Managing Plugins in WPMU

John Resig released a small script that let’s you easily do some “quick-and-dirty” templating on the client side. I love the idea, but I’m less than a fan of the implementation, but I’ll get to that in a minute. First the love: This small script lets you essentially copy and paste some HTML and hot swap out new data as it’s [presumably] ajax’d in, and that is incredibly handy. You even get fancy template style syntax like “<% for(..) %>”  So how is this done?

Templates are be defined in script blocks (notice the type attribute):

<script type="text/html" id="user_tmpl">
<% for ( var i = 0; i < users.length; i++ ) { %>
<li><a href="<%=users&#91;i&#93;.url%>"><%=users&#91;i&#93;.name%></a></li>
<% } %>
</script>

And to use the template is simply:

var results = document.getElementById("results");
results.innerHTML = tmpl("item_tmpl", dataObject);

It’s easy, to be sure, and the results are slick. I’ve found myself needing to do this sort of copy/paste of DOM structure many many many times when building Jotlet. So why don’t I like it? Well let’s take a look at the magic that makes this possible:

// Simple JavaScript Templating
// John Resig - http://ejohn.org/ - MIT Licensed
(function(){
  var cache = {};
  
  this.tmpl = function tmpl(str, data){
    // Figure out if we're getting a template, or if we need to
    // load the template - and be sure to cache the result.
    var fn = !/W/.test(str) ?
      cache[str] = cache[str] ||
        tmpl(document.getElementById(str).innerHTML) :
      
      // Generate a reusable function that will serve as a template
      // generator (and which will be cached).
      new Function("obj",
        "var p=[],print=function(){p.push.apply(p,arguments);};" +
        
        // Introduce the data as local variables using with(){}
        "with(obj){p.push('" +
        
        // Convert the template into pure JavaScript
        str
          .replace(/[rtn]/g" ")
          .split("<%").join("t")
          .replace(/((^|%>)[^t]*)'/g, "$1r")
          .replace(/t=(.*?)%>/g, "',$1,'")
          .split("t").join("');")
          .split("%>").join("p.push('")
          .split("r").join("'")
      + "');}return p.join('');");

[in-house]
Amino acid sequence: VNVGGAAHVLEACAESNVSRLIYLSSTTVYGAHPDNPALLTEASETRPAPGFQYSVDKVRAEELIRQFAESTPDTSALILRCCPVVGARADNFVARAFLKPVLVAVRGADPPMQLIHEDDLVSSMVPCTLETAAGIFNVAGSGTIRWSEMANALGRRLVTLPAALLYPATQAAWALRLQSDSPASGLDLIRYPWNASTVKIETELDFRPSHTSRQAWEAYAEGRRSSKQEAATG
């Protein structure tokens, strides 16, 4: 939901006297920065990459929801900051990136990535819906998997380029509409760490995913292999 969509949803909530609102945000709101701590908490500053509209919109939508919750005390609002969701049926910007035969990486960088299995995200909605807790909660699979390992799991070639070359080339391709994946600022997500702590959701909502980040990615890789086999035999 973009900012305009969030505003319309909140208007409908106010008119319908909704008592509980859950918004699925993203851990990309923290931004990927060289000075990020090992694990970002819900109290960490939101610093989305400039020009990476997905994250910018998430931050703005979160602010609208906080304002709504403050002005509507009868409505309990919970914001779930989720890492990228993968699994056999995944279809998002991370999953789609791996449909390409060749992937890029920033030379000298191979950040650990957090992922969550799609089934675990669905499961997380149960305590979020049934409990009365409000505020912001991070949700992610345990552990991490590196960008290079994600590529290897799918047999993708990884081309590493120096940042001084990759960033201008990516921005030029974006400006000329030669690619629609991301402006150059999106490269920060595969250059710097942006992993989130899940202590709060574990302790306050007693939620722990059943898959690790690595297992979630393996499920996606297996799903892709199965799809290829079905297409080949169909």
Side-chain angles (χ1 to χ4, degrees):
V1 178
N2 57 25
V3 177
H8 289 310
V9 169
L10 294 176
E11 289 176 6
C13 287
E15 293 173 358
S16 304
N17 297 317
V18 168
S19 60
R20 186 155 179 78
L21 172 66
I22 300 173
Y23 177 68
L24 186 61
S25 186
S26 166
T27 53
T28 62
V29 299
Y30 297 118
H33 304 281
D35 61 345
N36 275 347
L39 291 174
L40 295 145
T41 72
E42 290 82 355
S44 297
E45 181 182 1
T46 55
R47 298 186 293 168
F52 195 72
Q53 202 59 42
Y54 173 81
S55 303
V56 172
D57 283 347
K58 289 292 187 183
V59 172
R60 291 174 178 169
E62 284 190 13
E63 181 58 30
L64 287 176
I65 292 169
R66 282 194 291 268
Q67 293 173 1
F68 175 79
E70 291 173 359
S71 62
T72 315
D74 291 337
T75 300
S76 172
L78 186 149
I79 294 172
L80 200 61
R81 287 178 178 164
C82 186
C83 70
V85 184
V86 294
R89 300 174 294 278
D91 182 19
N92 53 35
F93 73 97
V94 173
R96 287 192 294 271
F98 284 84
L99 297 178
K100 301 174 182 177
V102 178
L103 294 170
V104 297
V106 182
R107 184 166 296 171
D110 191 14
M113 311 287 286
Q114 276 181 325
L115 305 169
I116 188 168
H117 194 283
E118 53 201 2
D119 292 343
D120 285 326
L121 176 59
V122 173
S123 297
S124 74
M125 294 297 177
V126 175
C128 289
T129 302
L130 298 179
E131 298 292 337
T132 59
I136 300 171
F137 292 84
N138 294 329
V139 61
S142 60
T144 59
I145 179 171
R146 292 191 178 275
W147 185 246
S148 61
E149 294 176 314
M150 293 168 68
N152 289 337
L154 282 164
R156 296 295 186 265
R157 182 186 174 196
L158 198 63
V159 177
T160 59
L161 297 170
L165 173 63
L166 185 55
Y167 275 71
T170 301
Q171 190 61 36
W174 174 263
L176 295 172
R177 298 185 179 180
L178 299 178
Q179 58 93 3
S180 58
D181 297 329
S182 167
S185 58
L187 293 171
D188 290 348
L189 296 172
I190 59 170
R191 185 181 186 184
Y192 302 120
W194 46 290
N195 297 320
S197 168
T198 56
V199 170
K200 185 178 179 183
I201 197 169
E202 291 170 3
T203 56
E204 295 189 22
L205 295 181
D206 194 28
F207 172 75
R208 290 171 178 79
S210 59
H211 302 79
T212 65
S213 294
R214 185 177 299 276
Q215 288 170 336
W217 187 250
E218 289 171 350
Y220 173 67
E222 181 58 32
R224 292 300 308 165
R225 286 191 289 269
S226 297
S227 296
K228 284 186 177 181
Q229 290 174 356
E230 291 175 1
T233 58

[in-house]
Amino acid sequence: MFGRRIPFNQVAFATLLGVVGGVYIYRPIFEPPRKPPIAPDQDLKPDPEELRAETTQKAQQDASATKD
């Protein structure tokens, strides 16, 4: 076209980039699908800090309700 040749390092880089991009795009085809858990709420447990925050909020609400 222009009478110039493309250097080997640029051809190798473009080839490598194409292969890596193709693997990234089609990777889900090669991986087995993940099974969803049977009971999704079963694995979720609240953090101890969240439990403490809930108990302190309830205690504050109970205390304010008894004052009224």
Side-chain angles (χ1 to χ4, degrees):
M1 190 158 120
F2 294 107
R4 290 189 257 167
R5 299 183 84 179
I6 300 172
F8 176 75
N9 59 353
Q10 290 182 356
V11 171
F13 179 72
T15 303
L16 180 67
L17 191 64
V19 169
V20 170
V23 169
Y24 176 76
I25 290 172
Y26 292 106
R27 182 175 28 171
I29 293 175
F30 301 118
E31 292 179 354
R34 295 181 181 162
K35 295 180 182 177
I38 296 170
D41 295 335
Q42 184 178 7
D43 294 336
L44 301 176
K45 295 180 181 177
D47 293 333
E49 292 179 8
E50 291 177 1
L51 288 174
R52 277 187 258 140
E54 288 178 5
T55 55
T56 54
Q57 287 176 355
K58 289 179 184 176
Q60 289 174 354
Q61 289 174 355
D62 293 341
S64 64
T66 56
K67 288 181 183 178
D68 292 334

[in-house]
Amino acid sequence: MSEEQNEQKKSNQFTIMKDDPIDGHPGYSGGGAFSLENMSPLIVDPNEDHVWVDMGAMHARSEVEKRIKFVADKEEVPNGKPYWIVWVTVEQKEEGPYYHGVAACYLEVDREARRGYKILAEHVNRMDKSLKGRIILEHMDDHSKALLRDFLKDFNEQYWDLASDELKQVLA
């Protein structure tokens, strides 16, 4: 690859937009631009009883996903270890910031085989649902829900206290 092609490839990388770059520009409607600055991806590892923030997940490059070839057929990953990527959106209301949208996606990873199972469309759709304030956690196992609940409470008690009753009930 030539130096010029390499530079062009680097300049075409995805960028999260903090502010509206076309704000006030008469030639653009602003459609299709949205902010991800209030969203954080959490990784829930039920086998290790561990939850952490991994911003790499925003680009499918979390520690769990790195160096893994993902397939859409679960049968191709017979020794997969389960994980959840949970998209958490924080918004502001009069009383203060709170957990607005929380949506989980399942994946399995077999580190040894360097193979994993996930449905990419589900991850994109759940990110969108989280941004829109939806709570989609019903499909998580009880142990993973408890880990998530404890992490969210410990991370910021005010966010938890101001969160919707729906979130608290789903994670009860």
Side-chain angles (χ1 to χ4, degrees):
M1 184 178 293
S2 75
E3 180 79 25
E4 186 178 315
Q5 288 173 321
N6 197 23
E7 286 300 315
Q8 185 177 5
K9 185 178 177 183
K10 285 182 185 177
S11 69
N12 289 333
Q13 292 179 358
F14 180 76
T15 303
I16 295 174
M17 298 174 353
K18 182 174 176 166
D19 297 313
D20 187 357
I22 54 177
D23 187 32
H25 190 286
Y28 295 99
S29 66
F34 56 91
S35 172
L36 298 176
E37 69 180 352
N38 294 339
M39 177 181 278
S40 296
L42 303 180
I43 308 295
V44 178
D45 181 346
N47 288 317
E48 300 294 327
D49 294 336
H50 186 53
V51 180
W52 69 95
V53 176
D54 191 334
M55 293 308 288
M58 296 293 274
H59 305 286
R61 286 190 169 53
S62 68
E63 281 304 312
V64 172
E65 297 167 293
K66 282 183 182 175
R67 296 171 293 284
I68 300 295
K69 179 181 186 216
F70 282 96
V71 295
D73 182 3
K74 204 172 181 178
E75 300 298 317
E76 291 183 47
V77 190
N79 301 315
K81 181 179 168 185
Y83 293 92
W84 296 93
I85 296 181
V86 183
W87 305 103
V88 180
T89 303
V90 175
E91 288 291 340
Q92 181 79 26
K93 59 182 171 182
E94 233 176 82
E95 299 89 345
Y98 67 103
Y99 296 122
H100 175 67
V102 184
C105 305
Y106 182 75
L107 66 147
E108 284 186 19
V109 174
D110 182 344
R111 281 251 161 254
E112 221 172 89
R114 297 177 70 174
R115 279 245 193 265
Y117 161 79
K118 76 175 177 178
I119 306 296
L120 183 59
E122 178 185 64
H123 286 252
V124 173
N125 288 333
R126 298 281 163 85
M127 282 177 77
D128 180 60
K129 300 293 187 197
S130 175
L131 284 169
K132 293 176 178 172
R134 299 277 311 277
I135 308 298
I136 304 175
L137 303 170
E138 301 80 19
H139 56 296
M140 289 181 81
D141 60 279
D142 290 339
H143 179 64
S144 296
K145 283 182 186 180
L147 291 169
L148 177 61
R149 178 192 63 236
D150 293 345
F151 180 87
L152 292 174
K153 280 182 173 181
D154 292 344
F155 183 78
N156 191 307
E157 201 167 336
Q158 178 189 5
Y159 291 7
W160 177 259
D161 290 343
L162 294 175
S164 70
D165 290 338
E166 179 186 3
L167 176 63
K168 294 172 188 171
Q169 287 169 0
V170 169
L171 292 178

// Provide some basic currying to the user
    return data ? fn( data ) : fn;
  };
})();

So what’s going on here? The template string input is being converted to raw JavaScript that, when executed, will return HTML. The “new Function()” basically wraps that JS in an closure to be eval()’d if/when there’s data. If data was passed in to templ(), then the Function() is executed immediately and the result HTML is returned. if no data is passed in, then the Function is returned.

I’ll be honest, when I see String data being turned into code I shudder. I subscribe to the “don’t make it any more complicated than it needs to be” paradigm, and storing code as data or vice versa does exactly that. It adds more complication for IMO no benefit. Also – there’s the security risk. If you never mix code and data, then if your data becomes compromised or corrupted, you can still be 100% sure that your code is still safe. But if you mix code and data, and your data gets fudged, then your code is equally screwed.

It’s just good practice: data is data and code is code.

Luckily, one of Resig’s commenters, Iraê, proposes in my view a much better (and safer) solution:

markup={};
markup.user = function() {
html='
<dl>
<dt>'+this.name+'</dt>
<dd>'+this.about+'</dd>
</dl>';
return html;
}

And to use it:

$('#output').html(markup.user.apply(data));

This way is so much cleaner! The only Strings in this solution is the data itself, and the ‘code’ of the template is… JavaScript itself! Less confusing. Less code to write. Less security risk. What’s not to like?

 

Last Thoughts:

I mentioned we had a use for this sort of thing when we built Jotlet. So what did we do? We built classes for each of our UI elements. Code looked something like:

var taskRow = new TaskRow();
taskRow.setTask(taskObj);
document.body.appendChild(taskRow.getDOM());

The DOM for that task could either be cached, or used for another task with a call to:

taskRow.setTask(otherTaskObj);

It’s a far different solution (and heavier weight) than what’s being talked about here. I’ll save details for another post 🙂

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